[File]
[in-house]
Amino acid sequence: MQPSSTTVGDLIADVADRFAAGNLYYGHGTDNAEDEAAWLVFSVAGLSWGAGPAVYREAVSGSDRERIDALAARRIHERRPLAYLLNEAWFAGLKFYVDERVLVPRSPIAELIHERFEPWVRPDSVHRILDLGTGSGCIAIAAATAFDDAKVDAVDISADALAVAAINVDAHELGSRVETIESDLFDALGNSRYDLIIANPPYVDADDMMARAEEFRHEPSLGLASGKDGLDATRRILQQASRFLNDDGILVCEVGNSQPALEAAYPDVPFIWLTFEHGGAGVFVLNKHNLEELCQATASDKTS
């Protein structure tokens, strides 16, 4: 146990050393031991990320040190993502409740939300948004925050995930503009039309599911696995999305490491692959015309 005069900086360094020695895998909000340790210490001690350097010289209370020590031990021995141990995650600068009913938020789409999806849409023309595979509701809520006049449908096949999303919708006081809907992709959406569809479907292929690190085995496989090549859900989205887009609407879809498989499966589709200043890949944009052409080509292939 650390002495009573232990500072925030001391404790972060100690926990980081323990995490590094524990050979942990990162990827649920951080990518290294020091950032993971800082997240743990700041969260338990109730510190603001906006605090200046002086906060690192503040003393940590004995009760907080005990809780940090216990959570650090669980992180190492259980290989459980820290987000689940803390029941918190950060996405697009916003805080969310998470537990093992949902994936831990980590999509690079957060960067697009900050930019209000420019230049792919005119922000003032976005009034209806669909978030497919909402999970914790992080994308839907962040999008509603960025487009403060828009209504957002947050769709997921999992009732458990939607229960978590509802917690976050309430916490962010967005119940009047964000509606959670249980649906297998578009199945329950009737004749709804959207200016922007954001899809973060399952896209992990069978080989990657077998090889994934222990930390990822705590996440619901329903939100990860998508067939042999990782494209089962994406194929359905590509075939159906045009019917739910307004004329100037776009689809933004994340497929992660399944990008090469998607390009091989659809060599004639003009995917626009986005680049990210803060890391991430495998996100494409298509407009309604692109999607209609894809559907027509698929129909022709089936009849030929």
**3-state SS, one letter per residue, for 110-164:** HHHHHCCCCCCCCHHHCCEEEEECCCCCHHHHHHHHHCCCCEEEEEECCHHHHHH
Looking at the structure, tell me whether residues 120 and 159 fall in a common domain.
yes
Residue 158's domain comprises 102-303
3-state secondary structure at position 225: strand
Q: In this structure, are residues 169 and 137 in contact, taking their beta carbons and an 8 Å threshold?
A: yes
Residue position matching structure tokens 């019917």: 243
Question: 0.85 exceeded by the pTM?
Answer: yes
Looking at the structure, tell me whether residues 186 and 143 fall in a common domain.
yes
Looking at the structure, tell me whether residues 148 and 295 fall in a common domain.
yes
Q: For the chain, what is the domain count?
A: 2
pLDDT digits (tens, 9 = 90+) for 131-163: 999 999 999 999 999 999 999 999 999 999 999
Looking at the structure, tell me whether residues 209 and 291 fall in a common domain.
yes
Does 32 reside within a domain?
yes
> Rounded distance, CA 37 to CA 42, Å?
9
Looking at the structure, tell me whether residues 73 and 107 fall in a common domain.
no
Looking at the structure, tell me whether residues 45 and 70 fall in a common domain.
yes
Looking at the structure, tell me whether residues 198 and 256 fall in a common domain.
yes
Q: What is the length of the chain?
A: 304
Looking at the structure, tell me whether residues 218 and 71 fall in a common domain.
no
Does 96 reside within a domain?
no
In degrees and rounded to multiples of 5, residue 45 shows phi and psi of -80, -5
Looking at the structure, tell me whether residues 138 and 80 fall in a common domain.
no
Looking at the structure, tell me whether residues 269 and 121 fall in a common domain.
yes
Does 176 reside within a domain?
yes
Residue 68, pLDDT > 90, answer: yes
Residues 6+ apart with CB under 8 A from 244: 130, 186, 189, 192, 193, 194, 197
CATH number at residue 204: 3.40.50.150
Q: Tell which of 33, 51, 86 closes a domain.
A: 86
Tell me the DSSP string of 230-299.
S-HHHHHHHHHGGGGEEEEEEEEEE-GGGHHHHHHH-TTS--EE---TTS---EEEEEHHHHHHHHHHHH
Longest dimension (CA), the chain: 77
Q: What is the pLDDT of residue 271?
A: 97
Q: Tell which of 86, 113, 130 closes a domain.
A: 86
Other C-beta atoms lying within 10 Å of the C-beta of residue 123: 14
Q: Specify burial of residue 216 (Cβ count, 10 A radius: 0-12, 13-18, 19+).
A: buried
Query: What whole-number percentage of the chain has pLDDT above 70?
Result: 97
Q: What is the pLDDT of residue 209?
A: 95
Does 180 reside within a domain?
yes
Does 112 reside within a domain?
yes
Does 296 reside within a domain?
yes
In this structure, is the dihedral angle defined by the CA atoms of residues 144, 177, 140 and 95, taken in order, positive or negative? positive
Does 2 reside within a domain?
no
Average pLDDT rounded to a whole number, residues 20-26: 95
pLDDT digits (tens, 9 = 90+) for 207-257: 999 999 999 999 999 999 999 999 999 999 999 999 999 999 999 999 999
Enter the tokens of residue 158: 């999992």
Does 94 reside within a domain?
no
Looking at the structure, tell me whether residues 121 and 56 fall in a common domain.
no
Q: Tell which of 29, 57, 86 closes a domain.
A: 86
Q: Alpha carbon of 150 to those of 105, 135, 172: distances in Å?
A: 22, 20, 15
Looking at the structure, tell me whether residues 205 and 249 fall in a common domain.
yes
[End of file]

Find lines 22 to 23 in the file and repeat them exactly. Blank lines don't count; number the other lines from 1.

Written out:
yes
Does 32 reside within a domain?